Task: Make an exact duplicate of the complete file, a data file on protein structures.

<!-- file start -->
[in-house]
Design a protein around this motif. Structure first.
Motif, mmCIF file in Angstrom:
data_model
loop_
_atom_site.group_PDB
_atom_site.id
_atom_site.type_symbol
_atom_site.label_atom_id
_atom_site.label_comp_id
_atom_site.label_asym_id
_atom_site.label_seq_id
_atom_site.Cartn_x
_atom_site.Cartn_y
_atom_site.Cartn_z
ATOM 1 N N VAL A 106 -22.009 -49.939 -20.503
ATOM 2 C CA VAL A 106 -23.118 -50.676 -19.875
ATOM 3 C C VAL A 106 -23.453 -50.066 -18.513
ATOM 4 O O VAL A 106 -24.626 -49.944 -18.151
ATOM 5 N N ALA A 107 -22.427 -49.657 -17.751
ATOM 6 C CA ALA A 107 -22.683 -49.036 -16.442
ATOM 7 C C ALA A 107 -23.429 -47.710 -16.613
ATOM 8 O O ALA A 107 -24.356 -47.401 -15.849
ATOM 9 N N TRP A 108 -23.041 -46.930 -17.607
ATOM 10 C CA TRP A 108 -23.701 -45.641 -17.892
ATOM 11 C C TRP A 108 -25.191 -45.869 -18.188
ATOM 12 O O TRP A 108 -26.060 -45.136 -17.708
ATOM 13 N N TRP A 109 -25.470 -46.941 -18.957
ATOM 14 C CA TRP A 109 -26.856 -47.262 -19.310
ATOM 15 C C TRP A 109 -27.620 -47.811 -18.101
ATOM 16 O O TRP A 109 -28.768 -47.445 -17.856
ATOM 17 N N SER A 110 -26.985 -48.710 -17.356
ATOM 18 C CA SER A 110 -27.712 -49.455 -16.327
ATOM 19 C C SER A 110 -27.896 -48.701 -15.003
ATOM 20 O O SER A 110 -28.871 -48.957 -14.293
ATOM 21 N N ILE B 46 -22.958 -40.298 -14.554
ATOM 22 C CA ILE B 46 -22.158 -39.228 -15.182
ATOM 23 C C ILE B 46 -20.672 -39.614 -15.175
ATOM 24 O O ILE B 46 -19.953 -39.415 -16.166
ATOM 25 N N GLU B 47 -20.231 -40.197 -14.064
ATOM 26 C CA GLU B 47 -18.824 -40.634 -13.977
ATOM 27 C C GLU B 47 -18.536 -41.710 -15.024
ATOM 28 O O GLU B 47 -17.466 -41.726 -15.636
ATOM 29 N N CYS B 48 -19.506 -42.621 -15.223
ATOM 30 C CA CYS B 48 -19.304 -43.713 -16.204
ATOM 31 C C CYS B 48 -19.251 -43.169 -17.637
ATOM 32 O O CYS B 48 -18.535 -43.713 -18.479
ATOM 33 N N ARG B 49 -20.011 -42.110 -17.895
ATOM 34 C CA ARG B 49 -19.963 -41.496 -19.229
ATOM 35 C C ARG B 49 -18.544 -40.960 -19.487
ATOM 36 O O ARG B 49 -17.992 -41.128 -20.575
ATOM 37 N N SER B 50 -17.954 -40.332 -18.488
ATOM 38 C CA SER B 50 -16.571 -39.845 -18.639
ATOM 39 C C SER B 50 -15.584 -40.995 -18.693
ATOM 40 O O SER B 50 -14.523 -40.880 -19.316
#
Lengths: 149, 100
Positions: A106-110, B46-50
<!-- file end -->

[in-house]
Design a protein around this motif. Structure first.
Motif, mmCIF file in Angstrom:
data_model
loop_
_atom_site.group_PDB
_atom_site.id
_atom_site.type_symbol
_atom_site.label_atom_id
_atom_site.label_comp_id
_atom_site.label_asym_id
_atom_site.label_seq_id
_atom_site.Cartn_x
_atom_site.Cartn_y
_atom_site.Cartn_z
ATOM 1 N N VAL A 106 -22.009 -49.939 -20.503
ATOM 2 C CA VAL A 106 -23.118 -50.676 -19.875
ATOM 3 C C VAL A 106 -23.453 -50.066 -18.513
ATOM 4 O O VAL A 106 -24.626 -49.944 -18.151
ATOM 5 N N ALA A 107 -22.427 -49.657 -17.751
ATOM 6 C CA ALA A 107 -22.683 -49.036 -16.442
ATOM 7 C C ALA A 107 -23.429 -47.710 -16.613
ATOM 8 O O ALA A 107 -24.356 -47.401 -15.849
ATOM 9 N N TRP A 108 -23.041 -46.930 -17.607
ATOM 10 C CA TRP A 108 -23.701 -45.641 -17.892
ATOM 11 C C TRP A 108 -25.191 -45.869 -18.188
ATOM 12 O O TRP A 108 -26.060 -45.136 -17.708
ATOM 13 N N TRP A 109 -25.470 -46.941 -18.957
ATOM 14 C CA TRP A 109 -26.856 -47.262 -19.310
ATOM 15 C C TRP A 109 -27.620 -47.811 -18.101
ATOM 16 O O TRP A 109 -28.768 -47.445 -17.856
ATOM 17 N N SER A 110 -26.985 -48.710 -17.356
ATOM 18 C CA SER A 110 -27.712 -49.455 -16.327
ATOM 19 C C SER A 110 -27.896 -48.701 -15.003
ATOM 20 O O SER A 110 -28.871 -48.957 -14.293
ATOM 21 N N ILE B 46 -22.958 -40.298 -14.554
ATOM 22 C CA ILE B 46 -22.158 -39.228 -15.182
ATOM 23 C C ILE B 46 -20.672 -39.614 -15.175
ATOM 24 O O ILE B 46 -19.953 -39.415 -16.166
ATOM 25 N N GLU B 47 -20.231 -40.197 -14.064
ATOM 26 C CA GLU B 47 -18.824 -40.634 -13.977
ATOM 27 C C GLU B 47 -18.536 -41.710 -15.024
ATOM 28 O O GLU B 47 -17.466 -41.726 -15.636
ATOM 29 N N CYS B 48 -19.506 -42.621 -15.223
ATOM 30 C CA CYS B 48 -19.304 -43.713 -16.204
ATOM 31 C C CYS B 48 -19.251 -43.169 -17.637
ATOM 32 O O CYS B 48 -18.535 -43.713 -18.479
ATOM 33 N N ARG B 49 -20.011 -42.110 -17.895
ATOM 34 C CA ARG B 49 -19.963 -41.496 -19.229
ATOM 35 C C ARG B 49 -18.544 -40.960 -19.487
ATOM 36 O O ARG B 49 -17.992 -41.128 -20.575
ATOM 37 N N SER B 50 -17.954 -40.332 -18.488
ATOM 38 C CA SER B 50 -16.571 -39.845 -18.639
ATOM 39 C C SER B 50 -15.584 -40.995 -18.693
ATOM 40 O O SER B 50 -14.523 -40.880 -19.316
#
Lengths: 149, 100
Positions: A106-110, B46-50